I went to see a lady this weekend who wanted help because her dog wouldnt stay - I asked how she had trained it - she said 'we say stay in a really firm tone but even then she dosent do it'
The light came on when she realised her dog had no idea what the word ment and was getting stressed with angry voice and creeping towards her for a hug
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Meg
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26-07-2011, 09:20 PM
Originally Posted by waggytail View Post
I regulary pick up a copy of one of the many Dog magazines available. I have noticed that increasingly these magazines appear to be filled with articles to promote "purely positive" training methods. a typical example is the recent issue of "Dog today" which has a 2 page spread from Victoria Stillwell on this subject.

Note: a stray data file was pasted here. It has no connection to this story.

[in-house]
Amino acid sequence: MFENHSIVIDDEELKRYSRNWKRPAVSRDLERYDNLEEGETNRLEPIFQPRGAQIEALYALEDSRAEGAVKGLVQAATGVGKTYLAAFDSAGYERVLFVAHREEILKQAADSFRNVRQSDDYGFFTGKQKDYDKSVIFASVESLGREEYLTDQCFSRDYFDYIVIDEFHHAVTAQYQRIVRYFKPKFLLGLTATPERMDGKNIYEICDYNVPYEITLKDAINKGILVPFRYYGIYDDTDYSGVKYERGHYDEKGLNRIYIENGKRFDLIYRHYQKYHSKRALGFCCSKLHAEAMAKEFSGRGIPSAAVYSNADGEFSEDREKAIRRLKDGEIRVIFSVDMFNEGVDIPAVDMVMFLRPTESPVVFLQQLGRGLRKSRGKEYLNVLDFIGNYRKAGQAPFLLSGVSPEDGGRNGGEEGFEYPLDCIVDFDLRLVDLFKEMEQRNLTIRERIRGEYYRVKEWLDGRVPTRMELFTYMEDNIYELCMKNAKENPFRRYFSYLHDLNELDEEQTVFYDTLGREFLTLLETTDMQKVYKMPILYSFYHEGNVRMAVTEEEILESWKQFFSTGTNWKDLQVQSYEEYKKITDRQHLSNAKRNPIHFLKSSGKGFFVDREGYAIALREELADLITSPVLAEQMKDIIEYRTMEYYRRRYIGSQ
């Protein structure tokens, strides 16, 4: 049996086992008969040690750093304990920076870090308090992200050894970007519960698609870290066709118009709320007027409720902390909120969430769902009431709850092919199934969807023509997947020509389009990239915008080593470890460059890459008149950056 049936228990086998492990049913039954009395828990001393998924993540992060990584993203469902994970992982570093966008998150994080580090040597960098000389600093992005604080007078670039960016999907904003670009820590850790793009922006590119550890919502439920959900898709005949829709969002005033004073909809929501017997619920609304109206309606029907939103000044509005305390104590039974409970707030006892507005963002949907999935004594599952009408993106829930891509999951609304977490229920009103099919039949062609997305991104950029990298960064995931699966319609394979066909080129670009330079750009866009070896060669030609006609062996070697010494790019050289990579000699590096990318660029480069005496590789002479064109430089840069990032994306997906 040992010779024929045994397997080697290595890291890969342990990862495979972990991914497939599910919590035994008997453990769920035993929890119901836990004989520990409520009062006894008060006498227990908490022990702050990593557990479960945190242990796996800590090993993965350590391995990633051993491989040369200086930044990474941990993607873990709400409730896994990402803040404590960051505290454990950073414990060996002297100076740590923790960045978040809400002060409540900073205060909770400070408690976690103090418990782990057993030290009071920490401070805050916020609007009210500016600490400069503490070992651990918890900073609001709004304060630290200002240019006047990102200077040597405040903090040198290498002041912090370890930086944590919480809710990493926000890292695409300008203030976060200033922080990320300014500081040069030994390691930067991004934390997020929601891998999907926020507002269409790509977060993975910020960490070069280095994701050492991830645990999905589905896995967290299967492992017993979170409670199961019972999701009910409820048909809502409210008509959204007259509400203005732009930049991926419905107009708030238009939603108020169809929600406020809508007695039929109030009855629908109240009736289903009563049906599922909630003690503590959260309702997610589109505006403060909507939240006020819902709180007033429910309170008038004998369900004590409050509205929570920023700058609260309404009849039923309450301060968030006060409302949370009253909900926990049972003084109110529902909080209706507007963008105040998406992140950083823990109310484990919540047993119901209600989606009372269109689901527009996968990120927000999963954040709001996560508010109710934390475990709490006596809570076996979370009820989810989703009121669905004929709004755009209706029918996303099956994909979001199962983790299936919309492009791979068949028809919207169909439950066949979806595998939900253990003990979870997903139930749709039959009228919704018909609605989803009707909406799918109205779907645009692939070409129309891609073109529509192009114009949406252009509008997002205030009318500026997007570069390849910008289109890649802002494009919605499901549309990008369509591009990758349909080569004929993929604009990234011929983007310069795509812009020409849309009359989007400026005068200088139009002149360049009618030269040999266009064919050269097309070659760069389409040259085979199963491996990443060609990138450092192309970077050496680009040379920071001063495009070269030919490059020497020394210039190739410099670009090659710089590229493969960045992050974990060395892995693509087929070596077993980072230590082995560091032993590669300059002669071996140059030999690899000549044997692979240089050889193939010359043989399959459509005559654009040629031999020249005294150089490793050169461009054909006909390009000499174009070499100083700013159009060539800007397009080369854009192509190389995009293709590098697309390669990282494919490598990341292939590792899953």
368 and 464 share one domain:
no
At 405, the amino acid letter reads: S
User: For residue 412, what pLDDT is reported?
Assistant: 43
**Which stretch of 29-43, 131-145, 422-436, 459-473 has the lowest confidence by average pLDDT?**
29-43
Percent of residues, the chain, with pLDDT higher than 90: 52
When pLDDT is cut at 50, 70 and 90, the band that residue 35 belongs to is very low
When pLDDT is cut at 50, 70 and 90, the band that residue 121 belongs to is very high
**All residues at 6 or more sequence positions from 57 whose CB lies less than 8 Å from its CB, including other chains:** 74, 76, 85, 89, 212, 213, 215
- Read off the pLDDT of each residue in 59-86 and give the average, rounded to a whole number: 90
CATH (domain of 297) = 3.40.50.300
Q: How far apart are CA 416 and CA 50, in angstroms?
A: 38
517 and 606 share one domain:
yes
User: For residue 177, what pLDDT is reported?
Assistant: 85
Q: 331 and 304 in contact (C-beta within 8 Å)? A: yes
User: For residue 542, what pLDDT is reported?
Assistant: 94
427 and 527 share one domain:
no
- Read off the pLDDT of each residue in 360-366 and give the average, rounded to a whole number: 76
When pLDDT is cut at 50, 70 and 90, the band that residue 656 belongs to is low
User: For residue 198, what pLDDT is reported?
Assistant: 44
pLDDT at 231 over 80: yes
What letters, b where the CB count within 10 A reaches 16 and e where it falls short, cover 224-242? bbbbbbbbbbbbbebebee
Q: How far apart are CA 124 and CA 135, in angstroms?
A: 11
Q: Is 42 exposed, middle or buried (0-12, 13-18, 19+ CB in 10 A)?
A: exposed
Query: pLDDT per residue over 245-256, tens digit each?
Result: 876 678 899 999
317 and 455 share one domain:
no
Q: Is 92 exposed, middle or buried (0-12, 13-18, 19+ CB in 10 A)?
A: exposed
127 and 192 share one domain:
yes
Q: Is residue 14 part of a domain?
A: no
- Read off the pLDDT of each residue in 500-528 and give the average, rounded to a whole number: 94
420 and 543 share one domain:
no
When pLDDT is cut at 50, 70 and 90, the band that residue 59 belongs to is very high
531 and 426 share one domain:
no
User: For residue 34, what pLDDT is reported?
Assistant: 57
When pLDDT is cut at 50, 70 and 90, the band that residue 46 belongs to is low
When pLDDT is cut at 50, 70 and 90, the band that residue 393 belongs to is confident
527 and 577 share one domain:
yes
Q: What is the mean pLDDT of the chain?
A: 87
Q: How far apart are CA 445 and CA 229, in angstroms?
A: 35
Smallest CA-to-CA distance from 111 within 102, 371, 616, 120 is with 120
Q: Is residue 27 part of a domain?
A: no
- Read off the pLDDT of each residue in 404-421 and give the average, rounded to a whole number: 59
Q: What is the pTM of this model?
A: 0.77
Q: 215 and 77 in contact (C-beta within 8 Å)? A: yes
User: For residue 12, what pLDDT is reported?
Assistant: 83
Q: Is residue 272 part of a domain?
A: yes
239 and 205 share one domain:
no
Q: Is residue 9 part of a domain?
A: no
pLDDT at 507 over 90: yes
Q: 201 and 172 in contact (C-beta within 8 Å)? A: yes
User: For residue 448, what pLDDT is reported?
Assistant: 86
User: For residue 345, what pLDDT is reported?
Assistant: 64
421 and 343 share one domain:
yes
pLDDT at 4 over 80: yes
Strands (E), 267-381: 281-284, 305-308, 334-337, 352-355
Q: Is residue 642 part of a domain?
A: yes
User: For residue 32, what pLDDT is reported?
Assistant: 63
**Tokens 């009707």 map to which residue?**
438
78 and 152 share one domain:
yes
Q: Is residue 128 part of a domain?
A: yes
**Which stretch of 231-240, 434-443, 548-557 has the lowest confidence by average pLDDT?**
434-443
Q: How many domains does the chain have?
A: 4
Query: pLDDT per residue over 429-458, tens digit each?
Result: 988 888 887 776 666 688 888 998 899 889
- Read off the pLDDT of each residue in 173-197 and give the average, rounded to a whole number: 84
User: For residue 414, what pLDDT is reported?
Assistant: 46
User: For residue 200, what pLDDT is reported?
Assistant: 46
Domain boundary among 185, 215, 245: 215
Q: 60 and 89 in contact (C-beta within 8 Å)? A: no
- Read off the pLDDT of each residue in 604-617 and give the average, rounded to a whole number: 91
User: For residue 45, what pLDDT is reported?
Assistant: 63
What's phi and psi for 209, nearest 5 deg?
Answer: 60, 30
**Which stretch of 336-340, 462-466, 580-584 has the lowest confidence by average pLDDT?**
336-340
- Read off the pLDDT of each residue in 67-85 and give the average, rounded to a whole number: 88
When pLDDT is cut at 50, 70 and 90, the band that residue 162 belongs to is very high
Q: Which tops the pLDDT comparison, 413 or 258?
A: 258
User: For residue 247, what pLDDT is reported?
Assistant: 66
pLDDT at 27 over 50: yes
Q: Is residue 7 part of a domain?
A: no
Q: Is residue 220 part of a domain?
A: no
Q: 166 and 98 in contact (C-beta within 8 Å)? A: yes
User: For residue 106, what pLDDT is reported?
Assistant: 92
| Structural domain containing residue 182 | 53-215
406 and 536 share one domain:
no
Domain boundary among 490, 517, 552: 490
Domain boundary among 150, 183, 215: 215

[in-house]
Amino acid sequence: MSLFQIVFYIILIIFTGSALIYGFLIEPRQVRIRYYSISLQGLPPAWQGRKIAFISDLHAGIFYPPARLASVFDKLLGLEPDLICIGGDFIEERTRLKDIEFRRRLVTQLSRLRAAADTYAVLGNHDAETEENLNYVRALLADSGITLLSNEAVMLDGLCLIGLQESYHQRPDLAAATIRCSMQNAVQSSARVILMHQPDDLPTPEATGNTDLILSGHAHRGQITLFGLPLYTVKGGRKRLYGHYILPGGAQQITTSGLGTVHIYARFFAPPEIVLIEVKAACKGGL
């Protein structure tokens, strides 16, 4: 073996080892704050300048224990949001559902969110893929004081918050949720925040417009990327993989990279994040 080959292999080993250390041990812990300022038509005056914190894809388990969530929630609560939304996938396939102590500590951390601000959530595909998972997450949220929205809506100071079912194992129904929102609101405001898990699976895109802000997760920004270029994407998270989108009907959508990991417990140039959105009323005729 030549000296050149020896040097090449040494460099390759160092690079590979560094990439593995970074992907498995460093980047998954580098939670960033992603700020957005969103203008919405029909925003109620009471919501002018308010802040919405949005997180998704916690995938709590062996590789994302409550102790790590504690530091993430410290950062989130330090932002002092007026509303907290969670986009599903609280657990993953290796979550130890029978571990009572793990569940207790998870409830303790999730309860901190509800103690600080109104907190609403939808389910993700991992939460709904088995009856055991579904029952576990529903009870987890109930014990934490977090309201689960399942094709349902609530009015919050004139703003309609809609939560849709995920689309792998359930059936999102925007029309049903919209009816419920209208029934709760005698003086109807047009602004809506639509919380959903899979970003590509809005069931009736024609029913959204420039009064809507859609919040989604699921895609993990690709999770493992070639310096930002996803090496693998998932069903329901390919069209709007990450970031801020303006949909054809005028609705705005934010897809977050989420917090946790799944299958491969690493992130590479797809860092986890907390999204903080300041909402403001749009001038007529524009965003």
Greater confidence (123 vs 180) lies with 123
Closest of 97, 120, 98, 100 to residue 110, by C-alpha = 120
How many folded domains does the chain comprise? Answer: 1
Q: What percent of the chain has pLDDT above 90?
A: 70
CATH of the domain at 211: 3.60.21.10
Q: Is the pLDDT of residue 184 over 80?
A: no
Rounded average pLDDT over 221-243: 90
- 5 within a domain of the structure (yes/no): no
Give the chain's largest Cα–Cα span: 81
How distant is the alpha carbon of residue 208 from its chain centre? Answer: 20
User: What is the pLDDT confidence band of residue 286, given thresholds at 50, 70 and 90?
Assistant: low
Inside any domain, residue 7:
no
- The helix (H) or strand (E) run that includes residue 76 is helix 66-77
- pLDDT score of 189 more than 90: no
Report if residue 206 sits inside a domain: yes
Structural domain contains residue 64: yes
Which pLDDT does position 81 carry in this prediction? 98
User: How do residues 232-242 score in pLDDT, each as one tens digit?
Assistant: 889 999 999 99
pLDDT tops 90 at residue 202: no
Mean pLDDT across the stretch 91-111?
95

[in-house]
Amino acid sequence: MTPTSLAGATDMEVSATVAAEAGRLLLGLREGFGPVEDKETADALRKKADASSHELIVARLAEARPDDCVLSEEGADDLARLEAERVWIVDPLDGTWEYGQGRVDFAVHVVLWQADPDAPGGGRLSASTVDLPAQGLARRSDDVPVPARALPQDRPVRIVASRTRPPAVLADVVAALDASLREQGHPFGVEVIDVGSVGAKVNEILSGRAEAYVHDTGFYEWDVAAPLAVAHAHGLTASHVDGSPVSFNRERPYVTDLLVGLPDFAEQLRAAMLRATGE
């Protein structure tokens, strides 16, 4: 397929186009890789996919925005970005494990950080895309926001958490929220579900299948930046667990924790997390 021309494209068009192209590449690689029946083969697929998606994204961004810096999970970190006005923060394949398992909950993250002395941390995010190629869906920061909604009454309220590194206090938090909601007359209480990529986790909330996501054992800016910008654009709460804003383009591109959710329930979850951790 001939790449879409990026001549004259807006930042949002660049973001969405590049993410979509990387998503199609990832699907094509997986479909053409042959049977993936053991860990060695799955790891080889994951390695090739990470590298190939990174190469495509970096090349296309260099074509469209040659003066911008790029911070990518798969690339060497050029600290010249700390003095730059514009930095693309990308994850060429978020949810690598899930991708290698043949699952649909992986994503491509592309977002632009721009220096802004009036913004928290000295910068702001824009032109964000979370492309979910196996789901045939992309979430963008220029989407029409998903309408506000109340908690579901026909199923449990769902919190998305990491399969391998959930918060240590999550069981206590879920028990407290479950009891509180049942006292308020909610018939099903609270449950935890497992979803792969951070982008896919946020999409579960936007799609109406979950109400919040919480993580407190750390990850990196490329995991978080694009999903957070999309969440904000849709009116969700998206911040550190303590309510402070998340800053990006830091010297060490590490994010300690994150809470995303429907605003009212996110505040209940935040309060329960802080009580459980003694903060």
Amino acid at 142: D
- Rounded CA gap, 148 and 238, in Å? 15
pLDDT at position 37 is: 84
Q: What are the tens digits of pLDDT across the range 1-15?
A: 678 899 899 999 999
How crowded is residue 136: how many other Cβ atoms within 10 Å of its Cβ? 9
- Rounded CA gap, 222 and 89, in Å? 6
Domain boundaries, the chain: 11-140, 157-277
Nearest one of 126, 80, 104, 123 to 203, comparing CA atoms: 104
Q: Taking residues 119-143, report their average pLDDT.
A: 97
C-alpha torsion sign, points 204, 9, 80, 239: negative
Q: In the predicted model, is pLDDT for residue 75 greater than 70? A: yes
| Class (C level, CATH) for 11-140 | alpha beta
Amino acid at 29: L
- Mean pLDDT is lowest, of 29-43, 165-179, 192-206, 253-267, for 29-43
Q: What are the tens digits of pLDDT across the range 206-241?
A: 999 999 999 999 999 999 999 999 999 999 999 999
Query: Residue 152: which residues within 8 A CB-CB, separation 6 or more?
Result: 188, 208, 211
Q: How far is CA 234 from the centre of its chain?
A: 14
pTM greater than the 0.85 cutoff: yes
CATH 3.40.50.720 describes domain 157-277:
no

My concern is that Dog training appears to be going from one extreme to another, Of course it is unacceptable for a dog to be beaten but is it really any better to exessively reward a dog to the overall detriment of their learning[/B]?

If the media continue to represent only one side of the debate then it will make it increasingly difficult for owners and trainers to have a balanced view on this issue. even organisations such as APDT are now taking this line, banning their members from using a number of techniques and products.

As a trainer and Behaviourist myself, I have seen both ends of the spectrum and I feel what is missing is a balanced approach. in order to teach fairly, surely dogs they need a mixture of both postive and negative consequences? I also feel that certain aspects of Dog psychology have been pushed aside to suit this new regime, Watch any pack of dogs and then ask yourself wether "leadership" is important or not.